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Overpopulation and lack of access to birth control methods. Note that population growth slows or even become negative as poverty is reduced due to the demographic transition. Crime, both white-collar crime and blue-collar crime, including violent gangs and drug cartels. Historical factors, for example imperialism, colonialism and Post-Communism (at least 50 million children in Eastern Europe and the former Soviet Union lived in poverty). Brain drain War, including civil war, genocide, and democide. Discrimination of various kinds, such as age discrimination, stereotyping, gender discrimination, racial discrimination, caste discrimination. Individual beliefs, actions and choices.

Hardwood surgical tables are commonplace in rural Indian village clinics.

Health Care
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Poor access to affordable health care makes individuals less resilient to economic hardship and more vulnerable to poverty. Inadequate nutrition in childhood Disease, specifically diseases of poverty: AIDS, malaria and tuberculosis and others overwhelmingly afflict developing nations, which perpetuate poverty by diverting individual, community, and national health and economic resources from investment and productivity. Clinical depression undermines the resilience of individuals and when not properly treated makes them vulnerable to poverty. Similarly substance abuse, including for example alcoholism and drug abuse when not properly treated undermines resilience and can consign people to vicious poverty cycles.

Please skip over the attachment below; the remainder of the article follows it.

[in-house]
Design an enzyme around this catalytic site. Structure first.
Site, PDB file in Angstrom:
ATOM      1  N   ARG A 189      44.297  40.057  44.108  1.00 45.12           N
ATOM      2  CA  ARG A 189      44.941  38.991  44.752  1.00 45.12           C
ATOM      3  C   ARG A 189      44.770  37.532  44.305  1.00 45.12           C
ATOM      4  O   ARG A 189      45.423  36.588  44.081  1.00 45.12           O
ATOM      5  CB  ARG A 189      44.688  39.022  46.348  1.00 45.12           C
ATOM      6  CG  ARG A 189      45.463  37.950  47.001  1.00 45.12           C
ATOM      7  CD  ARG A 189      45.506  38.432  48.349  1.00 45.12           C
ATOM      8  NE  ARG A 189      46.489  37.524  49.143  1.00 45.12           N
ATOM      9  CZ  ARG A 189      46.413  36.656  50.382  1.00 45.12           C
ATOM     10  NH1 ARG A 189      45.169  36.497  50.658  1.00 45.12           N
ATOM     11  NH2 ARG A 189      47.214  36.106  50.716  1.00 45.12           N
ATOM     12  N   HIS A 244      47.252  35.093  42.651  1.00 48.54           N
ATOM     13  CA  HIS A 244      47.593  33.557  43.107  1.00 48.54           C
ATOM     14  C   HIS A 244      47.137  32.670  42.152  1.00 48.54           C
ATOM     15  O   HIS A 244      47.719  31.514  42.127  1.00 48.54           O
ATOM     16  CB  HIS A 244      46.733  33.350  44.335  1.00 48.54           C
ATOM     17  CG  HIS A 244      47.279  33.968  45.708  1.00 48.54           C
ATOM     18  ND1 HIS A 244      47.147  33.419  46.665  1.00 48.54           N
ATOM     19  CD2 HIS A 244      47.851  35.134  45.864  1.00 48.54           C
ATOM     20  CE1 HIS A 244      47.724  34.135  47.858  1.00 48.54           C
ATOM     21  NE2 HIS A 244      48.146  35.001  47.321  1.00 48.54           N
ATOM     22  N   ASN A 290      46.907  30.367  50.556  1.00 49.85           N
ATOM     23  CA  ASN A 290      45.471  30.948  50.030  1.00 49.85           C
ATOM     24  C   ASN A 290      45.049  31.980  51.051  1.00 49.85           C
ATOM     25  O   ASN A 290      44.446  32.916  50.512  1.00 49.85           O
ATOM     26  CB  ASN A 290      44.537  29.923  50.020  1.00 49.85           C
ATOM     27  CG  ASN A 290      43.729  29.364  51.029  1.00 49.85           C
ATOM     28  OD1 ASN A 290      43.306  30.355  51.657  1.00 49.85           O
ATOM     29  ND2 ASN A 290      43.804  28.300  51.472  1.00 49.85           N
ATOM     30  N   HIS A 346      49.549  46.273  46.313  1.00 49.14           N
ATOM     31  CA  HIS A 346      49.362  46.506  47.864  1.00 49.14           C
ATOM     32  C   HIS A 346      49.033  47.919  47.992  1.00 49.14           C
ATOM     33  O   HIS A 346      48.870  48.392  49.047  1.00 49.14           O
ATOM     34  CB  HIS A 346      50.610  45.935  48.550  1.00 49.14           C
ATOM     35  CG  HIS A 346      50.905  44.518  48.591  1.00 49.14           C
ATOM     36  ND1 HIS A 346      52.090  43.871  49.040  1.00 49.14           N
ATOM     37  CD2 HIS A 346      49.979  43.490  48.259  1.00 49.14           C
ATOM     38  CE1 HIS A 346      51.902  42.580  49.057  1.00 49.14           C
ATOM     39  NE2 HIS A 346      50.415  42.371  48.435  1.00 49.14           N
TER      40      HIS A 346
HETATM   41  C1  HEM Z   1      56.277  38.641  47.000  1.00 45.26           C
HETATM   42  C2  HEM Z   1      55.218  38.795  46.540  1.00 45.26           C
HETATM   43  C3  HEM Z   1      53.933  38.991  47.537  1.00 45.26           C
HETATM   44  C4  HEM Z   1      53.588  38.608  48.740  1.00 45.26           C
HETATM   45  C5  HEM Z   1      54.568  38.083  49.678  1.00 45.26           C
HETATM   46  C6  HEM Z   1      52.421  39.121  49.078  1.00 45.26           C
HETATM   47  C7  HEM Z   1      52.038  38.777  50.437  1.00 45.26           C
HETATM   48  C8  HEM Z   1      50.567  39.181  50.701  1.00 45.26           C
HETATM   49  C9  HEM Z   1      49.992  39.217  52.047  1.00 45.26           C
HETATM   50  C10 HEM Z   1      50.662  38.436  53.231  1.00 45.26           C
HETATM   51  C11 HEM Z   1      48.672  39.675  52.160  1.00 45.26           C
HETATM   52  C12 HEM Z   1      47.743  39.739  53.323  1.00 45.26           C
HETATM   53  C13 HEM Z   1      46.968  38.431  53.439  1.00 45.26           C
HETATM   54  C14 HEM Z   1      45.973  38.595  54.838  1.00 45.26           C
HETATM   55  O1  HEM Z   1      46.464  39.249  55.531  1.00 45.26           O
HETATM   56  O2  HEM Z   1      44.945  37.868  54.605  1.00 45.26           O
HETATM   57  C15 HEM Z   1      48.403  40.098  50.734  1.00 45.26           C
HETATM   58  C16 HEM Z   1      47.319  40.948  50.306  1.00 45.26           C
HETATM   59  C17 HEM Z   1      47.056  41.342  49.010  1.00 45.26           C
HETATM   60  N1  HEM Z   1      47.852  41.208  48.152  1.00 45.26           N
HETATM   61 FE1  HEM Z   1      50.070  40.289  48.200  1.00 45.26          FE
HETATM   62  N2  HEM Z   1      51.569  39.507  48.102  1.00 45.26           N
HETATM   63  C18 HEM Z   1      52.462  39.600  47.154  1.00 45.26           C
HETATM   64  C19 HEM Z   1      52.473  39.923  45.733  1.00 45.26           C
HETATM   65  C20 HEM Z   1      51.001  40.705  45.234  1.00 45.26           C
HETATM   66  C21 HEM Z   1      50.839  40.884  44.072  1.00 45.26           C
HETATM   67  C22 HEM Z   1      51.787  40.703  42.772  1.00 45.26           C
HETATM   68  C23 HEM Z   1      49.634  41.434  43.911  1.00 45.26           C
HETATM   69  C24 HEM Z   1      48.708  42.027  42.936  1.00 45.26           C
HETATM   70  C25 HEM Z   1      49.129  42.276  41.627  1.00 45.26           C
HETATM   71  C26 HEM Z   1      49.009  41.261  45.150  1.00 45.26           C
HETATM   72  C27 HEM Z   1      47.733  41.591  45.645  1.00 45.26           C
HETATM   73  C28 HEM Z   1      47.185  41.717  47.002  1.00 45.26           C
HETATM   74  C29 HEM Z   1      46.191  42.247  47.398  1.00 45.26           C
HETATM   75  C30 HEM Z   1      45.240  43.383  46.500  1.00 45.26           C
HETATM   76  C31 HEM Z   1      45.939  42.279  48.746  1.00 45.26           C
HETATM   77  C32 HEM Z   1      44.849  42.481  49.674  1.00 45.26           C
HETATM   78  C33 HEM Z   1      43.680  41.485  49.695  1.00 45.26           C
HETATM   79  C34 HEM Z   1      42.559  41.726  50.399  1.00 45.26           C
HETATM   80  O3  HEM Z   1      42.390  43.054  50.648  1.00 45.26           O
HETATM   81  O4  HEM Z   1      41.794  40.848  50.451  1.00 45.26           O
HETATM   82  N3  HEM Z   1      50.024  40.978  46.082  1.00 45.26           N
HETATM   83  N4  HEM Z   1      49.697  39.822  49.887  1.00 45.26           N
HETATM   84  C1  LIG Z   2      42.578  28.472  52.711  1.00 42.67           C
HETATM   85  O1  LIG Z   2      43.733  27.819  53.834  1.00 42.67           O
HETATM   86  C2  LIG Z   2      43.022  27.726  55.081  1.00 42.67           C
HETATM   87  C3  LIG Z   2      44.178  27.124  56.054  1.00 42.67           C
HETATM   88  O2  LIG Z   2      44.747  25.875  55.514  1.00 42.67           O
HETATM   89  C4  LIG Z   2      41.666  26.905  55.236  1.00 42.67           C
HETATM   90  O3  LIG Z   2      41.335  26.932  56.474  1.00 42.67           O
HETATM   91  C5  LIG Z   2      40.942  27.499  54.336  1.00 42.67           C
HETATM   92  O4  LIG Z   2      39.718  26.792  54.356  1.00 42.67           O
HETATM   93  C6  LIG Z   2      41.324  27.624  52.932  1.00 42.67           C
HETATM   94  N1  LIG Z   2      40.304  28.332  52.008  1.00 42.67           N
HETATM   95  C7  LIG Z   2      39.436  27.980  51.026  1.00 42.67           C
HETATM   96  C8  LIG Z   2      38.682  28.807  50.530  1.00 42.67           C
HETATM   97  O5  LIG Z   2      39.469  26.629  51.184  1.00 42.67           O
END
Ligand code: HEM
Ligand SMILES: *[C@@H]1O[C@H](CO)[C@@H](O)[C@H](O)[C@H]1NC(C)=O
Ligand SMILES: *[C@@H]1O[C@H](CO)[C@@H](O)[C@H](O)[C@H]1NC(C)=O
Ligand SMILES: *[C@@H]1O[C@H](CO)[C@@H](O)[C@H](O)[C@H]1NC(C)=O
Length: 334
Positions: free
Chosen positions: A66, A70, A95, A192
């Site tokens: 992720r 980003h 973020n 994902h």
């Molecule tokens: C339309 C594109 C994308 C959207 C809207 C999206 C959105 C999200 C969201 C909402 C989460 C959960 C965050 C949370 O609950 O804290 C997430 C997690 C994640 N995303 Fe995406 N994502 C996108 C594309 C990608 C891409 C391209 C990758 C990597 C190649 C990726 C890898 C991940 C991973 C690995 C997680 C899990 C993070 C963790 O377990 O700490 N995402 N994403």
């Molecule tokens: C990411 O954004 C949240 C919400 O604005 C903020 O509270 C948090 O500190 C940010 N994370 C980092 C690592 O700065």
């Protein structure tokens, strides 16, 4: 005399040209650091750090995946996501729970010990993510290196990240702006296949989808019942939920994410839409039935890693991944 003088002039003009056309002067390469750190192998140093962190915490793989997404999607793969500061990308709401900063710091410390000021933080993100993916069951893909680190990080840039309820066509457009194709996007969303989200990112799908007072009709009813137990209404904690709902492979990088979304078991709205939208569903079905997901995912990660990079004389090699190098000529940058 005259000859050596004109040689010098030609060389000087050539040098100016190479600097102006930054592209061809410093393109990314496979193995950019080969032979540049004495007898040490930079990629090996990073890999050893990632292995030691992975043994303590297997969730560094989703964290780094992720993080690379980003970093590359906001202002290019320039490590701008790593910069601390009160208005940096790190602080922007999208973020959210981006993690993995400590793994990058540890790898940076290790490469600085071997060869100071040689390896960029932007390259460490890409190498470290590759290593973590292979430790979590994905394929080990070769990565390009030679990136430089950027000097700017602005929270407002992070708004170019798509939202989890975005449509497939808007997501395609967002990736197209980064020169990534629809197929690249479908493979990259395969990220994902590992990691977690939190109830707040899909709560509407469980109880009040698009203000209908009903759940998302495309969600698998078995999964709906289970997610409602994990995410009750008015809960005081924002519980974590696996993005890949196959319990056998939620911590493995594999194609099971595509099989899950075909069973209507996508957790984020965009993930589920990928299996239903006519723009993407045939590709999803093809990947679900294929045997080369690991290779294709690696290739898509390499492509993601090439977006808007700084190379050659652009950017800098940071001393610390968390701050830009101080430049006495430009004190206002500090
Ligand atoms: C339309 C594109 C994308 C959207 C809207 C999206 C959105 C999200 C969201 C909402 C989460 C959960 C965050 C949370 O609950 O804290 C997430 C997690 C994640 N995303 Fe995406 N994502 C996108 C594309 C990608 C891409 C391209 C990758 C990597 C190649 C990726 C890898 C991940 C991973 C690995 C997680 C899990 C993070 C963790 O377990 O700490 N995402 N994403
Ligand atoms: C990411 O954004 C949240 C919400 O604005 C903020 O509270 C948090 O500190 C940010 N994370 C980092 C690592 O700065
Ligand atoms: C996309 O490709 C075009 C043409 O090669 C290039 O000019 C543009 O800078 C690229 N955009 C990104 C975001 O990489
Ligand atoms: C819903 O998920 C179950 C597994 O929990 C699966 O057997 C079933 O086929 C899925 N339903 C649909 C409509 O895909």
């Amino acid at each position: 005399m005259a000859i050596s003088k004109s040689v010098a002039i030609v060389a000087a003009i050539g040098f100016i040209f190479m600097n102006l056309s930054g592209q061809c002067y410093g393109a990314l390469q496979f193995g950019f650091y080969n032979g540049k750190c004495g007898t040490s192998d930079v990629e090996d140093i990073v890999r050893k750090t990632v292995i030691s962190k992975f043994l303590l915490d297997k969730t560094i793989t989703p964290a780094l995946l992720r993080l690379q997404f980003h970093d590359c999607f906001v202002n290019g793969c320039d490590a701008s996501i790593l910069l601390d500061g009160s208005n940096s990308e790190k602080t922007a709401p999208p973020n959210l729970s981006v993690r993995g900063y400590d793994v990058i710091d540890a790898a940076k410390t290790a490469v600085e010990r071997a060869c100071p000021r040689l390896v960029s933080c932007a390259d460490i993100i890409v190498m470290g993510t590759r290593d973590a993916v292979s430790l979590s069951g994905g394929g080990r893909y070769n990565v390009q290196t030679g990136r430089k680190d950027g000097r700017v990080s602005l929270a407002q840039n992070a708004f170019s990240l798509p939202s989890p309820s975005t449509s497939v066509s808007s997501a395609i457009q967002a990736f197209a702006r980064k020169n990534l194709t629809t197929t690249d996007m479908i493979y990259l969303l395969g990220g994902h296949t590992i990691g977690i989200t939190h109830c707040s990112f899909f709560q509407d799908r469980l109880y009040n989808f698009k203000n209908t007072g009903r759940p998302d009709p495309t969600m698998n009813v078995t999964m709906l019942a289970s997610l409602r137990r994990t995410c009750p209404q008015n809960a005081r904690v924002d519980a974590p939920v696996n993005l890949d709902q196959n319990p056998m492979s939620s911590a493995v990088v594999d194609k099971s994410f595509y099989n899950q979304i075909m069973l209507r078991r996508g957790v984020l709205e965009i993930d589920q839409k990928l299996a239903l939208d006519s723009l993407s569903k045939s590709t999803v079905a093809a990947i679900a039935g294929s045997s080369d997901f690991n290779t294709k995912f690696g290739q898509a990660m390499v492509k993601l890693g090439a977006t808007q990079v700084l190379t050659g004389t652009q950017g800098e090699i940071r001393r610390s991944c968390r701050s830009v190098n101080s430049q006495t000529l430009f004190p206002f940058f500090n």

Causes of poverty

Environmental factors
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Erosion. Intensive farming often leads to a vicious cycle of exhaustion of soil fertility and decline of agricultural yields and hence, increased poverty. Desertification and overgrazing. Approximately 40% of the world's agricultural land is seriously degraded. Deforestation as exemplified by the widespread rural poverty in India that began in the early 20th century and is attributed to non-sustainable tree harvesting. Natural factors such as climate change. or environment Geographic factors, for example access to fertile land, fresh water, minerals, energy, and other natural resources, presence or absence of natural features. The climate also limits what crops and farm animals may be used on similarly fertile lands. On the other hand, research on the resource curse has found that countries with an abundance of natural resources. Drought and water crisis.